Fuel Talk

By Robert Carpenter, Editor | September 2008 Vol. 63 No. 9

That is absolutely true; alcohol burns cleaner. It also burns less efficiently. Burning ethanol reduces substantially that all-important miles-per-gallon standard. Your vehicle may be emitting lower emissions but will be burning more fuel. I remember an old study (back in the days of cheap gas), that basically said it was a wash. Ever wonder why ethanol is just now becoming popular again? The economics just didn’t work.

AEM also stated: “The fundamental basis of their (state of Texas) claim that corn used for ethanol production diverts corn from food production, primarily livestock feed, fails to acknowledge a few realities. First, only the starch from the corn produces ethanol, leaving the co-product distillers grain. Distiller’s grains are a valued high-protein livestock feed which is significantly higher in protein by weight than corn. As a result, almost one-third of each ton of corn used for ethanol production is used as feed.” While I’m sure that’s a correct statement, the fact remains that serious amounts of corn are being taken out of the huge livestock bulk feed market.

Corn is not a natural food for livestock. But it is an acceptable “bulk” food that fills stomachs and adds weight to animals standing around a feedlot. Though corn concentrate by-product from ethanol production may still meet some of the nutritional needs of livestock, it is now costing ranchers, according to estimates by several livestock groups, about 30 percent more for less product. Bottom line, livestock producers, cattlemen especially, are experiencing substantially increasing costs from both rising fuel costs and an increasing shortage of corn – bulk or concentrate. The kicker is that corn is already rapidly losing its luster as a bio fuel as more efficient, plentiful and cheaper alternatives are being realized.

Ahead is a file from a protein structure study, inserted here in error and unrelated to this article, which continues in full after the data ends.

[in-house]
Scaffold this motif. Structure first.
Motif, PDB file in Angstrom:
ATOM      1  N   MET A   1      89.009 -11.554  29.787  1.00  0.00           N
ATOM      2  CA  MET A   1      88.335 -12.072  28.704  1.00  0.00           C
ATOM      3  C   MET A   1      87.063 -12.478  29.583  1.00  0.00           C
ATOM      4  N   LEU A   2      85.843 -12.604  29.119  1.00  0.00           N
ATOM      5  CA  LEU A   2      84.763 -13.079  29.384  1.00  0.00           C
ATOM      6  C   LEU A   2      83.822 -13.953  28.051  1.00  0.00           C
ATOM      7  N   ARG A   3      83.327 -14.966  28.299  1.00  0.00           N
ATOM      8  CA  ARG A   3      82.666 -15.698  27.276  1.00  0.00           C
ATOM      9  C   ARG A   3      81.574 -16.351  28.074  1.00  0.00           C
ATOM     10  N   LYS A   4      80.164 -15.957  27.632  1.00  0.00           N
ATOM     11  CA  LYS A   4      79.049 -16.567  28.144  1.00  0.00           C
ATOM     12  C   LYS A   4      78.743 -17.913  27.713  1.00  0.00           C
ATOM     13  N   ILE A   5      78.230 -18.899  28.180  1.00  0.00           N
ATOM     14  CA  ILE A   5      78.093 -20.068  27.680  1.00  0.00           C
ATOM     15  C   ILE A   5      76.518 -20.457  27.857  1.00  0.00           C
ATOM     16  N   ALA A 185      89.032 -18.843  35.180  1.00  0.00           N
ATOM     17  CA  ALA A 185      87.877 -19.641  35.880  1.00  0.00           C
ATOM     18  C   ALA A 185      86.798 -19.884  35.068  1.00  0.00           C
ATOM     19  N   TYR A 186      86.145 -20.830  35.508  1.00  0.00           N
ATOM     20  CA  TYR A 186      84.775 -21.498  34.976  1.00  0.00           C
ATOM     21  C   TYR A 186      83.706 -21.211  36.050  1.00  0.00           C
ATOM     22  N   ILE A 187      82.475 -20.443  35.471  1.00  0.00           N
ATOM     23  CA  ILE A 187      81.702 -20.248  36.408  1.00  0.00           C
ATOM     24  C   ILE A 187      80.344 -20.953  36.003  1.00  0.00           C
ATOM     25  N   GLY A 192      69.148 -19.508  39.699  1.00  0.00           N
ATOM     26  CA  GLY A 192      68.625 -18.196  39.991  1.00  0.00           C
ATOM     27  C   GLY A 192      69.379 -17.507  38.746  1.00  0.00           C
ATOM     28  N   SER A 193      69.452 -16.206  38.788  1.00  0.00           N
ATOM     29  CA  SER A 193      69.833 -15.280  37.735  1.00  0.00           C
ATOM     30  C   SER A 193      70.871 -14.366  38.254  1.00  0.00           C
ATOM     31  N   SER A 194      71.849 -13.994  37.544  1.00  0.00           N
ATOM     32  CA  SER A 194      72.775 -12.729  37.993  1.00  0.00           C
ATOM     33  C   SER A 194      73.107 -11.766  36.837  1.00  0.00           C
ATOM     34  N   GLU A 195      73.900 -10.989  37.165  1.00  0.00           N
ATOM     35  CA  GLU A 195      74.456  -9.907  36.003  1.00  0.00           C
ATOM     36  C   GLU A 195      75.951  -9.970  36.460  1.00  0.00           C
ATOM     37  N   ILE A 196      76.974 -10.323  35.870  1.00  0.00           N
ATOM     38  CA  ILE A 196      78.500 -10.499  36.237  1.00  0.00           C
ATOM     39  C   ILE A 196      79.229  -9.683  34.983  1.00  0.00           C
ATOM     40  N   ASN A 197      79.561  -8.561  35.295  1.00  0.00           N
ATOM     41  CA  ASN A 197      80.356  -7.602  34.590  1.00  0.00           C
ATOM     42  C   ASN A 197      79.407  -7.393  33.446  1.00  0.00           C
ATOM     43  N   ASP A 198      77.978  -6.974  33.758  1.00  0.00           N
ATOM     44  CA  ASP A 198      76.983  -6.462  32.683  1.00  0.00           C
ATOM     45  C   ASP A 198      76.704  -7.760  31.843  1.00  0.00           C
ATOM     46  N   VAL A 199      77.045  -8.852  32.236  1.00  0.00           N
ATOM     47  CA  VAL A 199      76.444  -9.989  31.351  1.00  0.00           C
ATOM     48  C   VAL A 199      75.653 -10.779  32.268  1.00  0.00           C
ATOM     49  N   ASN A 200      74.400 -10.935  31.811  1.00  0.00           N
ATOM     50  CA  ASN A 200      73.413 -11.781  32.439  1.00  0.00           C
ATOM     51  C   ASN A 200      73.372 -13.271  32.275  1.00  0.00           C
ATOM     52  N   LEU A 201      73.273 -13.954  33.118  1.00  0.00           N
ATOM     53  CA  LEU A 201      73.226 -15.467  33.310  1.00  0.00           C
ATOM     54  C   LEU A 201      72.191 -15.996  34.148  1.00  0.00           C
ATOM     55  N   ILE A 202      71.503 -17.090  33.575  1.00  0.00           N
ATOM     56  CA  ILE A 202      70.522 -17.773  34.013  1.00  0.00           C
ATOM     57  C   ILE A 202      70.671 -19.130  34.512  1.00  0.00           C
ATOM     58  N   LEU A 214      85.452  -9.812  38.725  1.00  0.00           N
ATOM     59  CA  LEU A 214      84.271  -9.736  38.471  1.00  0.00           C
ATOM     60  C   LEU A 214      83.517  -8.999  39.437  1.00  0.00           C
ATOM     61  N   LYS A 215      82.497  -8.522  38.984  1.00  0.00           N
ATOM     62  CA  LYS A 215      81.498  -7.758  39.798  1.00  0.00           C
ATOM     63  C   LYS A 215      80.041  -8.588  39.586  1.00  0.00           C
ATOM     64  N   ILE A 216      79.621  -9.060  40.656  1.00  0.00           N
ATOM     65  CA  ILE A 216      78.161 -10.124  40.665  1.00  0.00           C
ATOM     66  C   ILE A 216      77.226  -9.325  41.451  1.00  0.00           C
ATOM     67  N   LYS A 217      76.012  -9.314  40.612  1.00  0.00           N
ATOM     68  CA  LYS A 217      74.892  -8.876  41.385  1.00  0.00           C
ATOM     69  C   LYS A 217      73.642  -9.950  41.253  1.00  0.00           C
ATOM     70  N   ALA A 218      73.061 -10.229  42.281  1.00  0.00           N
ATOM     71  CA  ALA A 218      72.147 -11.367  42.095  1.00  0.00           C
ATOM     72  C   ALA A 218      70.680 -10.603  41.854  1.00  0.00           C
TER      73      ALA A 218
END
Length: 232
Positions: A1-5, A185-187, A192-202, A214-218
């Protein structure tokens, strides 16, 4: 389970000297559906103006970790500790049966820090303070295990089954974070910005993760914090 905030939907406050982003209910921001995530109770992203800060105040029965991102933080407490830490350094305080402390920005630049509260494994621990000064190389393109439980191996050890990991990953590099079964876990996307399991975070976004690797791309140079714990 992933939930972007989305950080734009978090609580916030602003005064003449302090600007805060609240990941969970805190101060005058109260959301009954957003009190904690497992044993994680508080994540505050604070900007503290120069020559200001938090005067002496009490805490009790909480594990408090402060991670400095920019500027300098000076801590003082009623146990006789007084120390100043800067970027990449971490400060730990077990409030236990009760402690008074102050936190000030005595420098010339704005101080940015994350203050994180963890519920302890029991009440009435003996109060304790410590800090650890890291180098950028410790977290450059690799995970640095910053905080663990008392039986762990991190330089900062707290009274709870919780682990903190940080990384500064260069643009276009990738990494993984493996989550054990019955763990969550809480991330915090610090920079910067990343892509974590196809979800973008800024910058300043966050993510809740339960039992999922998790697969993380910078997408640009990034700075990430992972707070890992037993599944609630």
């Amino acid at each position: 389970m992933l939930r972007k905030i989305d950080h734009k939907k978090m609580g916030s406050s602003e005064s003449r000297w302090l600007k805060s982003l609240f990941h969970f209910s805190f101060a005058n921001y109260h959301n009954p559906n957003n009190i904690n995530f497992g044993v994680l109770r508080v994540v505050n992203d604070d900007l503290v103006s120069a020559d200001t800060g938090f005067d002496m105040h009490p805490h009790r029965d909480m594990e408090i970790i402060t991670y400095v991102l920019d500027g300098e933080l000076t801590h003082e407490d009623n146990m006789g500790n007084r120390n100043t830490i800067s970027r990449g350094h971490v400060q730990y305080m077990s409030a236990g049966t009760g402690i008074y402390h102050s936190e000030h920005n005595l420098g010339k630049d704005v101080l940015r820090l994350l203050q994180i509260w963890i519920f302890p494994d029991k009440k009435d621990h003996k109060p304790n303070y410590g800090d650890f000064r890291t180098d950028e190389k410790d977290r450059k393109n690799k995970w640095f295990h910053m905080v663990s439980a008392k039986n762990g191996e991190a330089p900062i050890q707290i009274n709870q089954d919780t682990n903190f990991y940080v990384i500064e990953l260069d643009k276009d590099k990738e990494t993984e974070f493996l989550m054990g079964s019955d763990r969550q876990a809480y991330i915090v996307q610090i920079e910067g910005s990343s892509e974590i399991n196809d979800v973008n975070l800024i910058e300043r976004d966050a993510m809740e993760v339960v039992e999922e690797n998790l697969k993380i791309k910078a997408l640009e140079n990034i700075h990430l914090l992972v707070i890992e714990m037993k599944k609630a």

Truth is, we’re just beginning to scratch the surface of bio-fuels, flex-fuels and who-knows-what’s-next fuels – especially as it relates to the construction industry. We need to press the new president and Congress to finally come up with a concerted, sensible approach to energy.